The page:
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Saturday, May 23, 2020

Toronto pub shuts down permanently after 10 years because it can't pay its rent

A Toronto neighbourhood pub has shut its doors permanently 10 years to the month of opening.

Dave's... owner Liz Guerrier took to social media to announce the difficult decision to close the business.

This is a very hard post to write. 10 years to the month since I took over the space at 730 St. Clair Ave. West I will...

Posted by Daves... on Friday, May 22, 2020

"With prospects for a full restaurant and a sufficient level of business to cover my costs very unlikely for what could be a year or more to come, with no support for my rent, and only more debt offered from the Government, I have no choice but to call an end to this journey that has been Dave's..." reads her post on Facebook.

Guerrier considered what to do to stay open for the past couple months while the restaurant has been temporarily closed, but she has "come to accept that it just isn't possible." The local hangout was known for their pizza and other bar fare.

Dave's... had been selling gift cards to support themselves, so anyone who bought one will now be refunded.

"Communities aren't just conglomerates of business enterprises," Liz writes in her Facebook post. "They are rich in culture and personality and that is what is being lost."

Over 100 commenters on the post are "heartbroken," "saddened" and "devastated" by the news, one commenter writing "This is pretty much the saddest news to come out of this pandemic."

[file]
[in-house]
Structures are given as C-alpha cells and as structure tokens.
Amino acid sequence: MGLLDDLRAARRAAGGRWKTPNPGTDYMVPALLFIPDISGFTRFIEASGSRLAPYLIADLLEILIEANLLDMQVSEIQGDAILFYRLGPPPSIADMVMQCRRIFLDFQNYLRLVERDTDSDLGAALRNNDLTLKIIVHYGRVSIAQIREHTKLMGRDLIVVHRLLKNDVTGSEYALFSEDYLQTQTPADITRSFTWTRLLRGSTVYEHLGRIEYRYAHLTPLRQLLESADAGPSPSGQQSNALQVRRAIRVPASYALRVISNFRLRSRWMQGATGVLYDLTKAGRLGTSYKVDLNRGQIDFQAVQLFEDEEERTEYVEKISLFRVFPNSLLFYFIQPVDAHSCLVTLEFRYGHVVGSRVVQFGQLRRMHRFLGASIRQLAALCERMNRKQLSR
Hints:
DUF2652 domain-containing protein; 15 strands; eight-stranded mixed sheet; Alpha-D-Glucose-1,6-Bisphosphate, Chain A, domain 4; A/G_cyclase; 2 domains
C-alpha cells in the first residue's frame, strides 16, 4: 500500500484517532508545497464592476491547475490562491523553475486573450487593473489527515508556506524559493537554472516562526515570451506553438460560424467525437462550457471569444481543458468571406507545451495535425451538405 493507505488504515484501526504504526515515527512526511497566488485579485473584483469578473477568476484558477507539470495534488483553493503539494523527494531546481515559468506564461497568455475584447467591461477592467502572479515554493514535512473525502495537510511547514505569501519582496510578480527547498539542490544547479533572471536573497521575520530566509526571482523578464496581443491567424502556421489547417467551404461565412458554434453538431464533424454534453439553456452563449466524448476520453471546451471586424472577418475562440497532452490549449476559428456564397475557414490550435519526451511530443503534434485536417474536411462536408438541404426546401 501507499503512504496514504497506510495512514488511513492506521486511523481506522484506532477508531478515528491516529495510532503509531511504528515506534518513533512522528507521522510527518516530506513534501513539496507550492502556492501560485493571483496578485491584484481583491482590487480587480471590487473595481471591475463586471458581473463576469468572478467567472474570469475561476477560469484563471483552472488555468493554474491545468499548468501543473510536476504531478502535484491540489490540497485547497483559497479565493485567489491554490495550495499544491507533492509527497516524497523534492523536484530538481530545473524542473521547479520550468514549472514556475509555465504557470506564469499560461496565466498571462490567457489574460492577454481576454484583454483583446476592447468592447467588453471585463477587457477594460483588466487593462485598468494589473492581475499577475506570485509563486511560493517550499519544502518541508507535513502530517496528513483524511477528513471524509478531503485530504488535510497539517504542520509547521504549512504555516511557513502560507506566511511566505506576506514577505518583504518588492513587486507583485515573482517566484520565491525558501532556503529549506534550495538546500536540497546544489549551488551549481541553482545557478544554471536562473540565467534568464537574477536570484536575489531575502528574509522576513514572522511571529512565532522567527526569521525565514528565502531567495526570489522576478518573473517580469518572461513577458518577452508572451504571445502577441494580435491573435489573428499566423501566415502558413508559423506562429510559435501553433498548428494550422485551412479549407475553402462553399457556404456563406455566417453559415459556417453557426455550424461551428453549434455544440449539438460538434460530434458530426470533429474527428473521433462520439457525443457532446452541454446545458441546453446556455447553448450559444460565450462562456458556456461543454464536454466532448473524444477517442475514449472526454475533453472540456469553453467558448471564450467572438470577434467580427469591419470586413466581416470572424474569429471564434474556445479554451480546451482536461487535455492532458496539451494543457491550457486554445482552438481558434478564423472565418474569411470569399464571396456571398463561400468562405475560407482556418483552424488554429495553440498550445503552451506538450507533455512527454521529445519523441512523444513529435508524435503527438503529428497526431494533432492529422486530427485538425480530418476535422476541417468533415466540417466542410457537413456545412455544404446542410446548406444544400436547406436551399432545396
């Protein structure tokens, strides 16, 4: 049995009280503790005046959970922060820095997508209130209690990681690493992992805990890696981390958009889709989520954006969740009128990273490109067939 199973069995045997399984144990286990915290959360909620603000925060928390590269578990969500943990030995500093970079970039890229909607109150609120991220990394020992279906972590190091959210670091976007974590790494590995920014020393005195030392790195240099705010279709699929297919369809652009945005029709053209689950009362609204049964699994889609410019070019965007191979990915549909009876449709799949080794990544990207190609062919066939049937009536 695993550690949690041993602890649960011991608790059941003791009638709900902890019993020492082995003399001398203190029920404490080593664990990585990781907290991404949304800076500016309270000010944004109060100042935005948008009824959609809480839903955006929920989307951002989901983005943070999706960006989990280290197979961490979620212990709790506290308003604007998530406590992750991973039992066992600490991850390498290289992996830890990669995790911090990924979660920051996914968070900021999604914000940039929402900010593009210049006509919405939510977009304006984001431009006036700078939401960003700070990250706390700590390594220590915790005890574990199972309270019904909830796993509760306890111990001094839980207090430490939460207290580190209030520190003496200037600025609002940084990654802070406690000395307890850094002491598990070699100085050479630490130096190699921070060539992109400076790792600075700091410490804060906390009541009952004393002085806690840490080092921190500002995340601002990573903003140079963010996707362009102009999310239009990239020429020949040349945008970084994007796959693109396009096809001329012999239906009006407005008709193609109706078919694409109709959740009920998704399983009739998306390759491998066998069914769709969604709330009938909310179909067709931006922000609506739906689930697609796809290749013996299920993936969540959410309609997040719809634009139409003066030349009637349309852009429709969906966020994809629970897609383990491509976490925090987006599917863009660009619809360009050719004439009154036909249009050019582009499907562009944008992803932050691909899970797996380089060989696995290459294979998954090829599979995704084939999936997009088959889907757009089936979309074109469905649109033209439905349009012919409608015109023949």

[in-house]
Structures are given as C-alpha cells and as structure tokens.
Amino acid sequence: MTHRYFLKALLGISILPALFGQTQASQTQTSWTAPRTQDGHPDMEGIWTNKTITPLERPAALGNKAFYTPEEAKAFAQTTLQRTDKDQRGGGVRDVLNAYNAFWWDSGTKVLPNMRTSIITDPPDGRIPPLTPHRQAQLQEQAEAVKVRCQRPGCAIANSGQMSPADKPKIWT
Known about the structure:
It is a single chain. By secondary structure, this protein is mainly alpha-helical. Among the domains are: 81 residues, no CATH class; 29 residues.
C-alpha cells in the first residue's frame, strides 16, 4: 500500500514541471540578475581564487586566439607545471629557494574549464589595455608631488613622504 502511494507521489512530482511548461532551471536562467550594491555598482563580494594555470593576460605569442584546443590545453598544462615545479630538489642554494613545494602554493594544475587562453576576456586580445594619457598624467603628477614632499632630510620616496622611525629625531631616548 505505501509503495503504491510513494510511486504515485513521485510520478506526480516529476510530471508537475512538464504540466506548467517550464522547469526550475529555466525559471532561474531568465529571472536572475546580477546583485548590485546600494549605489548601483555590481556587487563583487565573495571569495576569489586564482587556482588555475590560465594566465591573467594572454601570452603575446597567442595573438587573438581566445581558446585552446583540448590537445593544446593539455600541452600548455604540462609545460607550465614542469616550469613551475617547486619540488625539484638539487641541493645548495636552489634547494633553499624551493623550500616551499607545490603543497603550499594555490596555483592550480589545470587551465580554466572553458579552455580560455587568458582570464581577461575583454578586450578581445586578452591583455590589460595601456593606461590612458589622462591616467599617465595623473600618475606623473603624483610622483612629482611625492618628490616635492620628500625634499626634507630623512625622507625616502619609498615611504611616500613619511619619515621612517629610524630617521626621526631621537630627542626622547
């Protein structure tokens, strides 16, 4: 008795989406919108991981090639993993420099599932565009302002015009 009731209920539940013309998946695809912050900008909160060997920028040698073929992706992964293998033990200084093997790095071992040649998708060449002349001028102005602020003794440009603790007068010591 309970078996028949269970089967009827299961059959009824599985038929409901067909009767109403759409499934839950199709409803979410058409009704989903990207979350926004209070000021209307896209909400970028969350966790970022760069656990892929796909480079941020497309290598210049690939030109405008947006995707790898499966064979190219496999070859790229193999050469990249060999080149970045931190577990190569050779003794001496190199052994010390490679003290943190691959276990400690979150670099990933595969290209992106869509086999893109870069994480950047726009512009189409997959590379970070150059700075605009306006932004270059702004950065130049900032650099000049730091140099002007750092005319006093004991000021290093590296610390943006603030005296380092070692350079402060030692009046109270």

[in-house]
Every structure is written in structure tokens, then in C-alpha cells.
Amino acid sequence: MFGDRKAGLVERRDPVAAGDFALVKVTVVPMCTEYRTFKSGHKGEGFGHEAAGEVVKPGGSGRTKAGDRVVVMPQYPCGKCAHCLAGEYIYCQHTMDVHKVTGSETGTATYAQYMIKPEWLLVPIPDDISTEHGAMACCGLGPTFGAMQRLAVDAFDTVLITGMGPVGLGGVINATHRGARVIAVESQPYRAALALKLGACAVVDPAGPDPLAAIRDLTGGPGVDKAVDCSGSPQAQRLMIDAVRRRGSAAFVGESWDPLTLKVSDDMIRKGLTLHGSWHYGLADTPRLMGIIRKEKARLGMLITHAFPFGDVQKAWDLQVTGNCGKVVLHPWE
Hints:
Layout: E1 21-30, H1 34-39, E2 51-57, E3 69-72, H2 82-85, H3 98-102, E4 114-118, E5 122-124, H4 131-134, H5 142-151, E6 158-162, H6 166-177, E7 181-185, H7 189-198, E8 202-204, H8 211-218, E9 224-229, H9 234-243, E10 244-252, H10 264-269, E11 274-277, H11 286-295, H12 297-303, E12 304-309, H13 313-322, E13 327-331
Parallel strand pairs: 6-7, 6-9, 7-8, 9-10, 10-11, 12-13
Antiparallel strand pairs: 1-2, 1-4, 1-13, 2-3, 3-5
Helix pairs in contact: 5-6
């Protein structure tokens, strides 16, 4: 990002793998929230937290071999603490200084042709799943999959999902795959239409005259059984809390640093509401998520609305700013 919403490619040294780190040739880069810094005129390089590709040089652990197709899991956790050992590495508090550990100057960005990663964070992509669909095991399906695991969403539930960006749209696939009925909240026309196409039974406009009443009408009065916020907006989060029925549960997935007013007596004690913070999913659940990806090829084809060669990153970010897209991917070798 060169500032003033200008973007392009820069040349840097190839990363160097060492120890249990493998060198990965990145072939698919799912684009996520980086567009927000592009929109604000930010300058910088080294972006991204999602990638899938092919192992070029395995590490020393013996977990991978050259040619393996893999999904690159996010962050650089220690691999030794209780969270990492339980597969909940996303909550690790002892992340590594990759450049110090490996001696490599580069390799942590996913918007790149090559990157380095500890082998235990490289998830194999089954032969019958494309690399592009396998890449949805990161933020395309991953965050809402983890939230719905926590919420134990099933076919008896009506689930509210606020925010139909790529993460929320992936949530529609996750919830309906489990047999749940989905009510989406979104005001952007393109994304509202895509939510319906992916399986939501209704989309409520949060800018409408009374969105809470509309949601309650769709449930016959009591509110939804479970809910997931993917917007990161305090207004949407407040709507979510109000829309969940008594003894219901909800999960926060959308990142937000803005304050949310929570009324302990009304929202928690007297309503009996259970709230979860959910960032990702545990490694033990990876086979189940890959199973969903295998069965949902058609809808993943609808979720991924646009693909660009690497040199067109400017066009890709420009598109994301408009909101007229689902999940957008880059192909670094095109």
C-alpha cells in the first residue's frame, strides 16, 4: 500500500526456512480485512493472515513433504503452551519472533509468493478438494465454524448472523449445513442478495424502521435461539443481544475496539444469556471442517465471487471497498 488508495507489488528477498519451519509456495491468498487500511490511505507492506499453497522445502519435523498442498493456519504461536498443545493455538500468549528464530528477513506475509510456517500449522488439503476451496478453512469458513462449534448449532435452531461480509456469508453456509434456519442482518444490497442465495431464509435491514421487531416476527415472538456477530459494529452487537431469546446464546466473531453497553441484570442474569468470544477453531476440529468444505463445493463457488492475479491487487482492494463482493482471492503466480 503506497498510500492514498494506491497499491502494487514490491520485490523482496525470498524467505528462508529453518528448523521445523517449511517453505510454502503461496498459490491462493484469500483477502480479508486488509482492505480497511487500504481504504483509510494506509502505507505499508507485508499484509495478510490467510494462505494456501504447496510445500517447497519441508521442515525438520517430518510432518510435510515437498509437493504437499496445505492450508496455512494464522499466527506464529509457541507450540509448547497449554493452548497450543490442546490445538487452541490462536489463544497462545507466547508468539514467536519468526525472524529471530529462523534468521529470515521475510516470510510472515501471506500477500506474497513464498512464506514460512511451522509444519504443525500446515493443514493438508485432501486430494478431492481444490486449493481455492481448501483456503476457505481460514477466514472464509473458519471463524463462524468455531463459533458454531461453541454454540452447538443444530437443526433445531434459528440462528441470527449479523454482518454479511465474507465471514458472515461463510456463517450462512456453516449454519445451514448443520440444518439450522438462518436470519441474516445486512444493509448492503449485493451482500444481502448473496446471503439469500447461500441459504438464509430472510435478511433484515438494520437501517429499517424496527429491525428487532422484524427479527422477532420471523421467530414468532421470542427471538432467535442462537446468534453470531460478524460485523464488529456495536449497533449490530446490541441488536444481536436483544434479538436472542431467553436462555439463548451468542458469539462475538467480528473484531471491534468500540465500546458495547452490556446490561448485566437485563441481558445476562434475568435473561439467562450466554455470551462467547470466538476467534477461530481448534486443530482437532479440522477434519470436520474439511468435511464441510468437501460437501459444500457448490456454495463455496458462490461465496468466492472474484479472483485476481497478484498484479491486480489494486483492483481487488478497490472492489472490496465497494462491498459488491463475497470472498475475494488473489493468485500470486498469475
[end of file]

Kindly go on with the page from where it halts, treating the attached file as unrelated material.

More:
Guerrier says they were offered the standard $40K loan for businesses, but that she just views that as more debt. She also says her landlord declined to take part in the commercial rent relief program, and that with fixed costs, no business, and the promise of at most 50 per cent capacity in the pub she didn't want to "sign up to lose money."

More than that, Guerrier says Dave's... is about "coming together, not something we're going to be able to do." She's had offers from others to run a GoFundMe, but "looking at a year of losses" she just doesn't feel comfortable taking such an astronomical amount of money from the communtiy with no guarantees.

The bottom line is, Guerrier feels proceeding with the business is "not safe right now," especially as she lives with her elderly mother and knows that "if we're in an enclosed space with people the risk is very high."

by Amy Carlberg via blogTO

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